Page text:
Wayne Zurl grew up on Long Island and retired after twenty years with the Suffolk County Police Department, one of the largest municipal law enforcement agencies in New York and the nation. For thirteen of those years he served as a section commander supervising investigators. He is a graduate of SUNY, Empire State College and served on active duty in the US Army during the Vietnam War and later in the reserves. Zurl left New York to live in the foothills of the Great Smoky Mountains of Tennessee with his wife, Barbara.
Eight (8) of his Sam Jenkins mysteries have been produced as audio books and simultaneously published as eBooks. His first full-length novel, A NEW PROSPECT, was named best mystery at the 2011 Indie Book Awards by the Independent Publishing Professional’s Group. It is also available on Kindle.
For additional information on Wayne’s Sam Jenkins mystery series see www.waynezurlbooks.net. You can read excerpts, reviews and endorsements, interviews, coming events, and even see photos of the area where the stories take place.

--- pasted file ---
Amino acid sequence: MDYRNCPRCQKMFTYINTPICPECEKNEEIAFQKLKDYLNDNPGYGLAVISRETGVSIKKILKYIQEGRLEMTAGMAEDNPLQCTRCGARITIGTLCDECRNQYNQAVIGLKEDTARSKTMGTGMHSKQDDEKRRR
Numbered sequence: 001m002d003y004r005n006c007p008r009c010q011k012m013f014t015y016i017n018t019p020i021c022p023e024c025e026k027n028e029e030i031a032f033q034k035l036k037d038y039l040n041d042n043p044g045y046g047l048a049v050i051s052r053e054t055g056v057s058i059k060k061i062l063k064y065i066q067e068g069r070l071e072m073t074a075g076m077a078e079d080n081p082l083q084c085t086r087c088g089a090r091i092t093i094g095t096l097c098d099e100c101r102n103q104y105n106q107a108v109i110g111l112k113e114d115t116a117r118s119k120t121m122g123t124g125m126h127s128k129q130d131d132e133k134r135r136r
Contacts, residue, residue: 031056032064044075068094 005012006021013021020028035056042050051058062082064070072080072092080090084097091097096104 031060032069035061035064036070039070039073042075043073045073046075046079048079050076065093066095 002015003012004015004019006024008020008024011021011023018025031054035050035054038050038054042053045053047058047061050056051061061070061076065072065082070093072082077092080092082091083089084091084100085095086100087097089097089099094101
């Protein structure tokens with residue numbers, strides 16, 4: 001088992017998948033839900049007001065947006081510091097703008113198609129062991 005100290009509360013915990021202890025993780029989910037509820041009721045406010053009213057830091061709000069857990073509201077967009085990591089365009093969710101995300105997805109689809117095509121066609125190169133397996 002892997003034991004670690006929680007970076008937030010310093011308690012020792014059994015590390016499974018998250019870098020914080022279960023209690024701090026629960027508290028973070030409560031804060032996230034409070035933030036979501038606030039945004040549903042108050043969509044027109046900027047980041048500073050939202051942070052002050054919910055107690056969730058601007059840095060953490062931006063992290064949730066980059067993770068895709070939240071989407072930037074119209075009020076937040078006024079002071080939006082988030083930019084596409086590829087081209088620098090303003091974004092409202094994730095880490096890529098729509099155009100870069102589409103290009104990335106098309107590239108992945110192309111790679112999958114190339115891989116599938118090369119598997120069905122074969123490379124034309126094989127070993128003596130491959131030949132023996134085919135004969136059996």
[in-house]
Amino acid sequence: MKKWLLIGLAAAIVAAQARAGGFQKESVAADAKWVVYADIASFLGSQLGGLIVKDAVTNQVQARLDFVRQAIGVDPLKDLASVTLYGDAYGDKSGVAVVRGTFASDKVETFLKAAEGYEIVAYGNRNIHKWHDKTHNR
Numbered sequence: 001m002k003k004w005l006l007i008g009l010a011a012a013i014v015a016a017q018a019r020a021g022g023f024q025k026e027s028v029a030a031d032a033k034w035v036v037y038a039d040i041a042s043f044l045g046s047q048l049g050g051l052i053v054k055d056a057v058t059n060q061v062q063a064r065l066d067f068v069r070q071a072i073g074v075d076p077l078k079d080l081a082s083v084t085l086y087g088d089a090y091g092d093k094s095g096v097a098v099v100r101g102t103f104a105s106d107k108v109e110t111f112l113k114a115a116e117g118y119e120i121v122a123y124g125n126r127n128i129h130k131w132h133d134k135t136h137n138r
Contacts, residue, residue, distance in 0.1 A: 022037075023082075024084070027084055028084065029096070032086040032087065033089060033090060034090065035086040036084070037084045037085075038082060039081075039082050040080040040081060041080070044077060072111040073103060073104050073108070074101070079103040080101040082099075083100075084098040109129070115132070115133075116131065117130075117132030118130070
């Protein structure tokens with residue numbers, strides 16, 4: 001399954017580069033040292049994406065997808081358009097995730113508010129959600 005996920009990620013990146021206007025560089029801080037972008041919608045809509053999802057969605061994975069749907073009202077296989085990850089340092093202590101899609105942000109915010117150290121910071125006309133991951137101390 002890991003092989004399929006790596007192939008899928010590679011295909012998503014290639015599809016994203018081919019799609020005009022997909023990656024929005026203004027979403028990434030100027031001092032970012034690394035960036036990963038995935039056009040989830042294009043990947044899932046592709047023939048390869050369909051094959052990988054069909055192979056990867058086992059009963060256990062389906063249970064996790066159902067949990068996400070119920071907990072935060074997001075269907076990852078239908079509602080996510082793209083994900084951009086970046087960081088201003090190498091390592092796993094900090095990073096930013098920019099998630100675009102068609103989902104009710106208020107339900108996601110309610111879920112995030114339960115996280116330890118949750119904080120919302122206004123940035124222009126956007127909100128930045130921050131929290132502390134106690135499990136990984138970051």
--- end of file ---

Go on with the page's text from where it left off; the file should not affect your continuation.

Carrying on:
Have You Considered Voodoo - Part Four - Conclusion
Have You Considered Voodoo?
By Wayne Zurl
Long Island, New York, July 1977
I cuffed Anthony and walked him over to the Squad. Ten minutes later, Bob Prince from the Juvenile Section showed up.
“I want this bird locked up for the night,” I said. “Can you get me the standby Family Court judge to lodge him and petition him to court in the morning?”
“Good luck!” Prince said.
“Donald Foy is on call tonight. On something important and simple he hates to be called out. For this he’ll go berserk. The guy’s a whack job.”
“This punk has been going around for the last week assassinating animals and smoking grass. That’s why he’s on probation. For chrissake, he’s a serial killer in the making.”
“Foy doesn’t look like an animal lover and where these young assholes are concerned, he’s so liberal, he makes George McGovern look like a Republican.”
Anthony sat in the chair next to my desk picking at his cuticles, listening to our conversation. When I finished, he only moved his eyes to look up at me and grinned like a weasel watching an injured sparrow.
“You want to call this guy’s parents and have them meet us at Family Court?” I said.
“Mother.” Anthony said.
“I only got a mother, no father.”
I wanted to smack the smirk off his face.
“Detective Prince, will you tell the Rocket Man’s old lady where she can find us?”